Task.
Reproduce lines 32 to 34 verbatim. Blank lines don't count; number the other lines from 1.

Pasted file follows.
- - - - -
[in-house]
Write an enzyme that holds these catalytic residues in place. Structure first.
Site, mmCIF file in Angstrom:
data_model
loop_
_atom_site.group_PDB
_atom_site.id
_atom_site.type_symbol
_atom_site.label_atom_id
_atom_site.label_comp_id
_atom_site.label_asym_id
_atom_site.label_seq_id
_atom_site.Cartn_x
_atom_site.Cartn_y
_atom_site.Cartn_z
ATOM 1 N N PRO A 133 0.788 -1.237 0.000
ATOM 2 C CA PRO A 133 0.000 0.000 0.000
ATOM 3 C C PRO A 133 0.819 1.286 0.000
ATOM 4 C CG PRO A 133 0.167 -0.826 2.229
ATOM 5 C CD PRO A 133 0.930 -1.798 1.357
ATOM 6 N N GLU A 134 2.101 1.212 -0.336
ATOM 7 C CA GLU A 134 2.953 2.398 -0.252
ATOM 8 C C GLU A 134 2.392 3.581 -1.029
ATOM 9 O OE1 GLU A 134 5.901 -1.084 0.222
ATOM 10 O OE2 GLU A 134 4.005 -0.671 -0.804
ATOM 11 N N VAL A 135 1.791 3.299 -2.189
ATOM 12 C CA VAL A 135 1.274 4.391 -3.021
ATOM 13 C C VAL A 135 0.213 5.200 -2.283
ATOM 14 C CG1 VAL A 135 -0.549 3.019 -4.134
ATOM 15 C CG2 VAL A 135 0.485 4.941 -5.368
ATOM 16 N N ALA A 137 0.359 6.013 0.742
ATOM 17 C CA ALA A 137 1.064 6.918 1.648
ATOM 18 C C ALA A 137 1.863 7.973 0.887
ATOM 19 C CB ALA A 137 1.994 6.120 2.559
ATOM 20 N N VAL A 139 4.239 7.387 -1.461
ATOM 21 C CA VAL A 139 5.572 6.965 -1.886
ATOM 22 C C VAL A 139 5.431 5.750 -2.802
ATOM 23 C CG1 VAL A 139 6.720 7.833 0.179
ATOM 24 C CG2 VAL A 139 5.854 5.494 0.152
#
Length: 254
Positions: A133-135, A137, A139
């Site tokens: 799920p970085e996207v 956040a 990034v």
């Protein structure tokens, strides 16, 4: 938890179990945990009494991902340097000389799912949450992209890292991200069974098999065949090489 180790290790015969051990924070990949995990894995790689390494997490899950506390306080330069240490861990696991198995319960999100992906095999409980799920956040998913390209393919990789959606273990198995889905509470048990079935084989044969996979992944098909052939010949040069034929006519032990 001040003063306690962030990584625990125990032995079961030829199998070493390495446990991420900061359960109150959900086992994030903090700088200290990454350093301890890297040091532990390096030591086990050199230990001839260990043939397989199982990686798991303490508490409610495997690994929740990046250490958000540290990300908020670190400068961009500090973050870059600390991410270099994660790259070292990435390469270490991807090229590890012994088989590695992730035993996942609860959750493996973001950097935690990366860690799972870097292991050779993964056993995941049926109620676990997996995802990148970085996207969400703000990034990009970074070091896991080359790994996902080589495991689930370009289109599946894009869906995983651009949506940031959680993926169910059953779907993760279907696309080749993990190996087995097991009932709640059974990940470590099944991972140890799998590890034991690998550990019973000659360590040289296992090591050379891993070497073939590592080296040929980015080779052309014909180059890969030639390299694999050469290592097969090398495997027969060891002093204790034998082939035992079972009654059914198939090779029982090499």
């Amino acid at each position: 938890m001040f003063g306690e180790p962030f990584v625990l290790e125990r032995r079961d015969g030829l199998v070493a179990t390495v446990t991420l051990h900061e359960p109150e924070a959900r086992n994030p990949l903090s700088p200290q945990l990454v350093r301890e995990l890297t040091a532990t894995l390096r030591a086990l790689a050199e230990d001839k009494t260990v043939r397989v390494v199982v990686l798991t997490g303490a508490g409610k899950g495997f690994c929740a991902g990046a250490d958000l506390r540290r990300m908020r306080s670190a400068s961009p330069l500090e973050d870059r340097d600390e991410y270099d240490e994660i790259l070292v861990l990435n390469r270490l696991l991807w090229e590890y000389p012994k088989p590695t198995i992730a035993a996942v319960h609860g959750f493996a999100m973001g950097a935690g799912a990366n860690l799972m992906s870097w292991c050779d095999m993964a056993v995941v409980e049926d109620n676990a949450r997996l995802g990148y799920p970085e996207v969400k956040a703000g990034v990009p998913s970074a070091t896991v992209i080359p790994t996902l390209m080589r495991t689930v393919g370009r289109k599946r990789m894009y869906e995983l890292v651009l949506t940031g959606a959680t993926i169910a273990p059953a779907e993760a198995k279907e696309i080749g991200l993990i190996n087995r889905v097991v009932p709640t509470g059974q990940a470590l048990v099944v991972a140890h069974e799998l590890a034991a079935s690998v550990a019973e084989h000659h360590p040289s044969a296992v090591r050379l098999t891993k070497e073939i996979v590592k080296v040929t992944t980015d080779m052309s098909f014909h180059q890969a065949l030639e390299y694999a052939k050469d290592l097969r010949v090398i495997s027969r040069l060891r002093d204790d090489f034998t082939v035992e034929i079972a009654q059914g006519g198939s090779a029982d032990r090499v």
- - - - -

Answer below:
ATOM 17 C CA ALA A 137 1.064 6.918 1.648
ATOM 18 C C ALA A 137 1.863 7.973 0.887
ATOM 19 C CB ALA A 137 1.994 6.120 2.559